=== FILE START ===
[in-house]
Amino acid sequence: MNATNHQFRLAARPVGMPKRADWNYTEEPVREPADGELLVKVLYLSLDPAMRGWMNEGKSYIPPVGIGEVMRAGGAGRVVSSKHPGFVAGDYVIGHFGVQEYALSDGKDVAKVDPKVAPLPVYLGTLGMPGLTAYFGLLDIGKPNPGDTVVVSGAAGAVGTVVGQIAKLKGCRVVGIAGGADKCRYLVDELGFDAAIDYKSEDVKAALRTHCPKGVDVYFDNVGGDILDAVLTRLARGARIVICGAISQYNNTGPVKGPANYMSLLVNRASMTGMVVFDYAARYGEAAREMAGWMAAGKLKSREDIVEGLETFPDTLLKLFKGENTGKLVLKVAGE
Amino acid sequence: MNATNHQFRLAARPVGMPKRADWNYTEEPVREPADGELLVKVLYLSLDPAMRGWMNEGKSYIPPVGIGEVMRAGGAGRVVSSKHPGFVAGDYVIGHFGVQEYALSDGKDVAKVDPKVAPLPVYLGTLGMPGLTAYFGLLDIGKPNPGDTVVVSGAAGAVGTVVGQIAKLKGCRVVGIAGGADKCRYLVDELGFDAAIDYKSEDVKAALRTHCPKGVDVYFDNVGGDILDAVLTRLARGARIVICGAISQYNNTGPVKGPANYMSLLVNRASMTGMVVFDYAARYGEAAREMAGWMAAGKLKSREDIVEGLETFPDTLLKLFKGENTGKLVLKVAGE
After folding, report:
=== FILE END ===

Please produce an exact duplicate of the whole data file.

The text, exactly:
[in-house]
Amino acid sequence: MNATNHQFRLAARPVGMPKRADWNYTEEPVREPADGELLVKVLYLSLDPAMRGWMNEGKSYIPPVGIGEVMRAGGAGRVVSSKHPGFVAGDYVIGHFGVQEYALSDGKDVAKVDPKVAPLPVYLGTLGMPGLTAYFGLLDIGKPNPGDTVVVSGAAGAVGTVVGQIAKLKGCRVVGIAGGADKCRYLVDELGFDAAIDYKSEDVKAALRTHCPKGVDVYFDNVGGDILDAVLTRLARGARIVICGAISQYNNTGPVKGPANYMSLLVNRASMTGMVVFDYAARYGEAAREMAGWMAAGKLKSREDIVEGLETFPDTLLKLFKGENTGKLVLKVAGE
Amino acid sequence: MNATNHQFRLAARPVGMPKRADWNYTEEPVREPADGELLVKVLYLSLDPAMRGWMNEGKSYIPPVGIGEVMRAGGAGRVVSSKHPGFVAGDYVIGHFGVQEYALSDGKDVAKVDPKVAPLPVYLGTLGMPGLTAYFGLLDIGKPNPGDTVVVSGAAGAVGTVVGQIAKLKGCRVVGIAGGADKCRYLVDELGFDAAIDYKSEDVKAALRTHCPKGVDVYFDNVGGDILDAVLTRLARGARIVICGAISQYNNTGPVKGPANYMSLLVNRASMTGMVVFDYAARYGEAAREMAGWMAAGKLKSREDIVEGLETFPDTLLKLFKGENTGKLVLKVAGE
After folding, report: